Criminal Justice

Steven Hayne, Expert for the Defense

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Last month, I wrote a column about the latest developments in Mississippi's continuing medical examiner saga. In it, I noted that disgraced medical examiner Steven Hayne had set out a letter (PDF) to defense attorneys announcing his availability to testify for them. I don't know for sure how many times he has testified for the defense in the past, but the people I've talked to in Mississippi say it's less than 10, and likely less than five. (He has testified for the state thousands of times.) But the new law barring him from doing official autopsies for prosecutors doesn't bar him from testifying for defense attorneys or in civil cases.

And sure enough, the Jackson Free Press reports that Hayne is already finding business.

[O]n Dec. 9, Hinds County Circuit Judge Swan Yerger granted Assistant Public Defender Alison Kelly's request for an independent autopsy review by Hayne. Kelly represents Darion Givens, 18, who faces murder charges in connection with the June 13 shooting death of his girlfriend, Falisha Miller, a Jim Hill High School student.

In court filings, Kelly argued that a second opinion of Miller's autopsy is necessary to examine inconsistencies in the first autopsy, conducted by Dr. Thomas Deering. Witnesses reported hearing a gunshot, while Deering's autopsy suggested that Miller's shooter had used a silencer. Kelly maintains that Jasper Bell, who is charged as an accessory after the fact, was the shooter.

Kelly said this week that for Givens' case, Hayne was the "best choice for defending [her] client in the most zealous manner." While aware of controversy surrounding Hayne, Kelly said that she had not thoroughly investigated criticism of his work. Kelly did not seek out a forensic pathologist from the state medical examiner's office because she wanted a second opinion on work performed by that office.

"In the state of Mississippi, Dr. Hayne is the only (forensic pathologist) that I know of, other than these people that the state is bringing into Mississippi to do their pathology work," Kelly said. "I'm limited. I can't use their pathologists to do my cross-examination of their reports."

Hayne also recently testified for the defense in a case in Louisiana.

As I noted in the column, perversely, it would actually be good strategy for a defense attorney to hire Hayne. The sheer number of times he has already testified for prosecutors likely make him seem credible to a jury unfamiliar with his history. And in Mississippi in particular, there's a good chance the prosecutor the defense attorney is opposing has used Hayne in prior cases, meaning he isn't likely to delve into Hayne's lack of certification, his impossible workload, or the dubious testimony he has given over the years.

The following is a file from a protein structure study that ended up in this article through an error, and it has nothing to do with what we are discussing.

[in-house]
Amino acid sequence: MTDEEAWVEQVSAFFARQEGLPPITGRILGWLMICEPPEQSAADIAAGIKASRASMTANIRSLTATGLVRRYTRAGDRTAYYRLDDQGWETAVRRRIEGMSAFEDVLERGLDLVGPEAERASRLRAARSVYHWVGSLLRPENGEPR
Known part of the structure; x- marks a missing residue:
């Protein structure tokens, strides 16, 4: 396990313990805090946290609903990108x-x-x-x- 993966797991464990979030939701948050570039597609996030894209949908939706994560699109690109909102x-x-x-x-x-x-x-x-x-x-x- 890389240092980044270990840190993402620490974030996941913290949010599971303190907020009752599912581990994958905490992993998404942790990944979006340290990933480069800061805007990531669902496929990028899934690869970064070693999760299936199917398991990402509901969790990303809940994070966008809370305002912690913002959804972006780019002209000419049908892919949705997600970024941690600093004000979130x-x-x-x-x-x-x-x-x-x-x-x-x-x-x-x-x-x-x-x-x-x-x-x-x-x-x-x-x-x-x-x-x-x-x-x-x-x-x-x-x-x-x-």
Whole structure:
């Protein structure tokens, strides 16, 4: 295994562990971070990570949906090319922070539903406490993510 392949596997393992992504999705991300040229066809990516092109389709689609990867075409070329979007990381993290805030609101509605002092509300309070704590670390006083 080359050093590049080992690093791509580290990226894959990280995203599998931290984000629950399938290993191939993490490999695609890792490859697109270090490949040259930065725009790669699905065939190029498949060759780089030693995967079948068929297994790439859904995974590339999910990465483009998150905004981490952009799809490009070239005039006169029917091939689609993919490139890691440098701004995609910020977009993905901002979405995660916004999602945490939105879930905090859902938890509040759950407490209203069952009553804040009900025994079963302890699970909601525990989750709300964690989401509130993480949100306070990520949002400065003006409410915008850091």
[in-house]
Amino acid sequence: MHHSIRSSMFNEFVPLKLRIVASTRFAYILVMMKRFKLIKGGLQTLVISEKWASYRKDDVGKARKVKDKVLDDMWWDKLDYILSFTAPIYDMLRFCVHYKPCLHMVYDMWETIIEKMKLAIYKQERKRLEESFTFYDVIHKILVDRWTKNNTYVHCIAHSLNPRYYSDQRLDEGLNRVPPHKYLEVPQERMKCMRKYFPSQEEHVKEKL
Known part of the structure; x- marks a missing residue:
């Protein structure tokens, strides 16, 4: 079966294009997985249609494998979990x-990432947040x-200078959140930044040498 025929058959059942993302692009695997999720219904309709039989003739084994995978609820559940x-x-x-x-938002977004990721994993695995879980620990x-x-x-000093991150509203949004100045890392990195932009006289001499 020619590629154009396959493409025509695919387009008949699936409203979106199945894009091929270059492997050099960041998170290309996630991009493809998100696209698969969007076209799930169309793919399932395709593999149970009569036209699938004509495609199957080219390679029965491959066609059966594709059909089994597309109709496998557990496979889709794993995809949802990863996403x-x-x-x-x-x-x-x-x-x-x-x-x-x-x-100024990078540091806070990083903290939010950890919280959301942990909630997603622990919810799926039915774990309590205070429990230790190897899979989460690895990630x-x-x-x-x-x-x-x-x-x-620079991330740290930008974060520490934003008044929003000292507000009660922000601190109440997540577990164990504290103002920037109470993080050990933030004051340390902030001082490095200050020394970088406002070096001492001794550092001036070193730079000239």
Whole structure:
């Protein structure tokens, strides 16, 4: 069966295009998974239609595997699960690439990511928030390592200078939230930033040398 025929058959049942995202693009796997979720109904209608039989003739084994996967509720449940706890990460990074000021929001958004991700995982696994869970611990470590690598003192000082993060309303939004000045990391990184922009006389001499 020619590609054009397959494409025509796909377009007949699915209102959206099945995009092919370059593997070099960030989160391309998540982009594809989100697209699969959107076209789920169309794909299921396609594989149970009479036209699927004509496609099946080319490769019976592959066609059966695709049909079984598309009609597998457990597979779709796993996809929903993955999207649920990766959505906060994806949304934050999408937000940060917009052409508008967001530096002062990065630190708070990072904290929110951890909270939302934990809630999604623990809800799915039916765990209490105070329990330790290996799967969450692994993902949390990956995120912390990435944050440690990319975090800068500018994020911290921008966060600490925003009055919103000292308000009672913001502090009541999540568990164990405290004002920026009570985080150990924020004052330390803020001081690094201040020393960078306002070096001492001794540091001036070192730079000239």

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  1. And in Mississippi in particular, there’s a good chance the prosecutor the defense attorney is opposing has used Hayne in prior cases, meaning he isn’t likely to delve into Hayne’s lack of certification, his impossible workload, or the dubious testimony he has given over the years.

    Ladies and gentlemen of the jury, I can assure you that this man will testify whatever you want as long as he gets his fee. Just don’t ask me how I know that.

    1. Or B: There really is a God and he has one hell of a sense of humor.

    2. Ladies and Gentlemen, this man is a professional. A professional what I won’t say.

  2. I wonder if he feels like he has been scorned by the state and now is gonna stick it to them.

  3. Get a rope.

  4. perversely, isn’t Mississippi know for miscarriages of justice?

  5. An odd balance in the universe.

  6. “While aware of controversy surrounding Hayne, Kelly said that she had not thoroughly investigated criticism of his work.”

    Well, at least her client has a nice ineffective counsel appeal as insurance.

    1. Seriously. The first couple of pages of Google results for “Steven Hayne” are either Balko on Hayne, the Innocence Project on Hayne, or a secondary article that refers to one of their investigations.

    2. Ineffective? She seems to be smartly hiring a guy who is very good at convincing juries of bullshit stories.

  7. LOL, looks like money can buy you anything lol

    anon-web-tools.edu.tc

  8. Nothing wrong with whores

  9. Wonderful, he goes from putting the innocent in jail to helping the guilty walk. Meanwhile, he will be laughing to the bank.

    Still, I am curious about how prosecutors will try to impeach him and how judges who have admitted his testimony will rule. I really wonder if collateral estoppel could apply here. Probably not but it would be interesting to try.

    1. I don’t think collateral estoppel would apply sadly. But this kind of stuff has been going on in civil cases for decades. I am sure you heard the old saying in torts class about how you would never want to be treated by any medical “expert” who testifies in a tort case.

  10. The LA case is interesting. The state needed to prove that there was a murder but the article linked seems to show that they relied on a confession rather than physical evidence of a drowning. Babykillers are not sympathetic subjects but that looks like a story there.

  11. How cute.

    Reminds me of the elected official/lobbyist revolving door.

    With about the same level of corruption.

  12. So if “Wrong way” Corrigan starts testifying for the defense, what can we expect to happen there?

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